In WG&A among the ROROs it was Zamboanga City which was subjected to ignominy. She was assigned the route Manila-Zamboanga-General Santos City early in 1996, a route where her relative lack of speed will show. At this time she was only capable of 16 knots when Maynilad was just capable of 14 knots. Her competitor there was the Princess of the Pacific of Sulpicio Lines which can do 18 knots. In mid-1996 she was assigned the Manila-Dipolog (actually Dapitan)-Ozamis route that was held before by another slowpoke, the 16-knot Our Lady of Good Voyage, the former Ferry Kikai of A” Line which first became the Mabuhay 6 (I noticed a lot of former A” Line ships that came to William Lines this period was afflicted with slow speed).

In 1997 Zamboanga City disappeared from the schedules and she was offered for sale together with the Maynilad. The two were the only RORO liners offered for sale by WG&A. The Maynilad I can understand the reason because there is really no liner that just runs at 14 knots and passengers to Zamboanga when she was still with William Lines complained of the too long transit time even though she does not dock at Iloilo port. But at 16 knots the Zamboanga City was just in the league of SuperFerry 3, the Our Lady of Sacred Heart and just marginally below the Our Lady of Medjugorje. When WG&A started pairing of ships on routes, the three were often paired. All were mechanically reliable just like Zamboanga City but Zamboanga City was always left out. What was her jinx, the cargo boom at the front? Ferry Kikai also had that also but was removed and a deck ahead of the bridge, a Tourist accommodation was created. If that was the problem that could have been done also for Zamboanga City. Or was the 16,800 horsepower engine the real killer that was why she was disliked by WG&A Jebsens that manages the fleet? At least Our Lady of Good Voyage only has 7,600hp engines, the Our Lady of Sacred Heart had 8,000hp engine, the Our Lady of Medjugorje had 9,000hp engines and SuperFerry 3 just had 9,300hp engines. And their speeds were the same. Do the math.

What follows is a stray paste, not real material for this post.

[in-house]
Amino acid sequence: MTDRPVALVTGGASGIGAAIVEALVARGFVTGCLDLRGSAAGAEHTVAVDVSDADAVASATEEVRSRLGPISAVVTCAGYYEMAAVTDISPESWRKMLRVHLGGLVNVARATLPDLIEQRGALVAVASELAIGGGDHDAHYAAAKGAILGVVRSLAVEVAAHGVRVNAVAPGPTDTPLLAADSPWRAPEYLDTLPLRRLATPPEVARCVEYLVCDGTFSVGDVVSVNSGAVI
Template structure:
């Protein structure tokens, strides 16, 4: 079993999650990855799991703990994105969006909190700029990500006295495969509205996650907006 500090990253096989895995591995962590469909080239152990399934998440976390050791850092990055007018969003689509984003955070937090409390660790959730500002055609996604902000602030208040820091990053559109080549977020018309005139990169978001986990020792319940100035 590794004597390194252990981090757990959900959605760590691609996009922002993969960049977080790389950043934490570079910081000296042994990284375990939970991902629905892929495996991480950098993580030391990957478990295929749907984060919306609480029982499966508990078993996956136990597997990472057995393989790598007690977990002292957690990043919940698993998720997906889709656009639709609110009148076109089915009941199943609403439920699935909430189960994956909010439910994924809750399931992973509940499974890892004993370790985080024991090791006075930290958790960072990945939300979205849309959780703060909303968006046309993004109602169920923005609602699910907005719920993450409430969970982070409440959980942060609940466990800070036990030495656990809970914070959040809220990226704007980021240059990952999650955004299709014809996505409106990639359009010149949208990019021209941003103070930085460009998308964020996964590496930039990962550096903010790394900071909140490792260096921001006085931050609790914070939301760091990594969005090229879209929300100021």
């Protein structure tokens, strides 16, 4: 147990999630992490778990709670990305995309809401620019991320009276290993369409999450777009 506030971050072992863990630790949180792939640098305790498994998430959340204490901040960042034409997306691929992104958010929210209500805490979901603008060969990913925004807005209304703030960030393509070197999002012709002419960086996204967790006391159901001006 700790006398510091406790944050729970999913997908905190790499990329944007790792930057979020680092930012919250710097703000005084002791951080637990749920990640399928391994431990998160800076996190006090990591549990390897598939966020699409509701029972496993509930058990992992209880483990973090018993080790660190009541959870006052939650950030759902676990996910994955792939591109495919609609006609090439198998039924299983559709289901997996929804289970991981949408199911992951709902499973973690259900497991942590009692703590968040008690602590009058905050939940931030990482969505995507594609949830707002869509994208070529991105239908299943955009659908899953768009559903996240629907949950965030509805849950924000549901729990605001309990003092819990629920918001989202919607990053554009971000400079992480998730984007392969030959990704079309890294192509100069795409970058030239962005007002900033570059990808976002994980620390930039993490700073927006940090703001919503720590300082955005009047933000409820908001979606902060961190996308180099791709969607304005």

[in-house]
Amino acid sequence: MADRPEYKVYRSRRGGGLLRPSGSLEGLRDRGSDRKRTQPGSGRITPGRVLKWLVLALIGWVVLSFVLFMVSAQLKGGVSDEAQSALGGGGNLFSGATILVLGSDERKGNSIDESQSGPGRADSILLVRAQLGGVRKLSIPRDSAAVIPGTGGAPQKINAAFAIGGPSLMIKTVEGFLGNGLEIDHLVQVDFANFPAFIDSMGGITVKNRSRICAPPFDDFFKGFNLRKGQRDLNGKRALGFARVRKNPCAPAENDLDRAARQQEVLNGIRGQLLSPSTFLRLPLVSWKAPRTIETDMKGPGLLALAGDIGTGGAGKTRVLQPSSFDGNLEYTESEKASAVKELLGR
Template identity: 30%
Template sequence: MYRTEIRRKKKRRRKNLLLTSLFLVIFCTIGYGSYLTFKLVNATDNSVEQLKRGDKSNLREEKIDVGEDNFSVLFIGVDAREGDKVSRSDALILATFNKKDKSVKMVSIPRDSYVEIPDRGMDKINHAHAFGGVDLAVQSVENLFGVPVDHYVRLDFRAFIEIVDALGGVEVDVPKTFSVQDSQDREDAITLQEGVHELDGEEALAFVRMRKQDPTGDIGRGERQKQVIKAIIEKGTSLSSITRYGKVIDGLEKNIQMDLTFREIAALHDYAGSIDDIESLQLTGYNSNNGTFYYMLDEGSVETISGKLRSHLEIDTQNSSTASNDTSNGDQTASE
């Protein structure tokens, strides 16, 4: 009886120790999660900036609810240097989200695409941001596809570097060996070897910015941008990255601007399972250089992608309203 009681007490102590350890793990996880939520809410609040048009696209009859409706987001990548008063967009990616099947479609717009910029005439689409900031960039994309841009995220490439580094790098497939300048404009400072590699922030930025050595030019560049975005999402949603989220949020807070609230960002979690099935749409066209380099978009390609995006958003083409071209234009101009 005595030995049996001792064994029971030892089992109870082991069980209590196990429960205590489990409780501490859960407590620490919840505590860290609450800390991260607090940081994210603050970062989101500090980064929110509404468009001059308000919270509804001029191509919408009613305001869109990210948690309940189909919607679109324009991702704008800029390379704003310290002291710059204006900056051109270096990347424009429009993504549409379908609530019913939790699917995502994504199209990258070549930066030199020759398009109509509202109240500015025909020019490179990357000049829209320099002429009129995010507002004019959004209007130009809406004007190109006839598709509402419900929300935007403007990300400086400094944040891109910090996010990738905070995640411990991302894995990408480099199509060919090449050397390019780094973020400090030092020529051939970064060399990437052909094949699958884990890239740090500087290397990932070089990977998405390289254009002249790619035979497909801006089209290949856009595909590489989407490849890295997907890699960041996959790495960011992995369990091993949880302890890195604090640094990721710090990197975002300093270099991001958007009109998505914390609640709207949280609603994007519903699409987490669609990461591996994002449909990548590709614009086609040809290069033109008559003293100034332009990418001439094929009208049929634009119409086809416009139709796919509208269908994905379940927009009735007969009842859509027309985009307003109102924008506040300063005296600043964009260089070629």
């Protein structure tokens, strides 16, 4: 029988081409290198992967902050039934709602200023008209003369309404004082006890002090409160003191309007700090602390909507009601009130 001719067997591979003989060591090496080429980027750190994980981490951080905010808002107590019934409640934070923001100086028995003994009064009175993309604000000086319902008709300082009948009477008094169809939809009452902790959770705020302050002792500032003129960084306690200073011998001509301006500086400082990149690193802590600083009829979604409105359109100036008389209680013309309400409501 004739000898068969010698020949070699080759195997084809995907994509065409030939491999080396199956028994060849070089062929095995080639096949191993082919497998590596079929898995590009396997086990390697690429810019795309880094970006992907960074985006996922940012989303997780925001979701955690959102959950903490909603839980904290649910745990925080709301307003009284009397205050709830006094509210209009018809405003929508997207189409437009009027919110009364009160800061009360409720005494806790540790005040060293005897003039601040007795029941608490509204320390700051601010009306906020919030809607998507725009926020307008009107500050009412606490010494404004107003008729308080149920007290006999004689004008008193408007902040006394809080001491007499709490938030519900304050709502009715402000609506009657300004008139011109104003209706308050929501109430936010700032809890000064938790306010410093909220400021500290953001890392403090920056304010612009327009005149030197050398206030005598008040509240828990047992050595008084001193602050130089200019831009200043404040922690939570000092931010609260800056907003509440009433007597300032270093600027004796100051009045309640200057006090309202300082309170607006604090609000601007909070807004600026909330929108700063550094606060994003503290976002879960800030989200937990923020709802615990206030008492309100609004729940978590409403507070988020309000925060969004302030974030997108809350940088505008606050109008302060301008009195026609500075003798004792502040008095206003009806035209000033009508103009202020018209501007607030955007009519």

I was wondering then why the cruiser Our Lady of Naju which has the length of 111.4 meters was retained. Its cargo capacity was measly but her route of Dumaguit and Roxas City had minimal cargo anyway and so maybe her 10,000hp engines is what made her acceptable and she was even marginally faster than Zamboanga City. But why the Our Lady of Lipa with 18,800hp engines on 124.2 meters length survived? Well she at least had the speed and she could be used for the speed wars in Cebu-Cagayan de Oro route if needed. Maybe it was really the big engines with no speed that was the albatross on the neck of Zamboanga City. Now maybe if only Dumaguit and Roxas had more cargo then she might have survived instead of the Our Lady of Naju.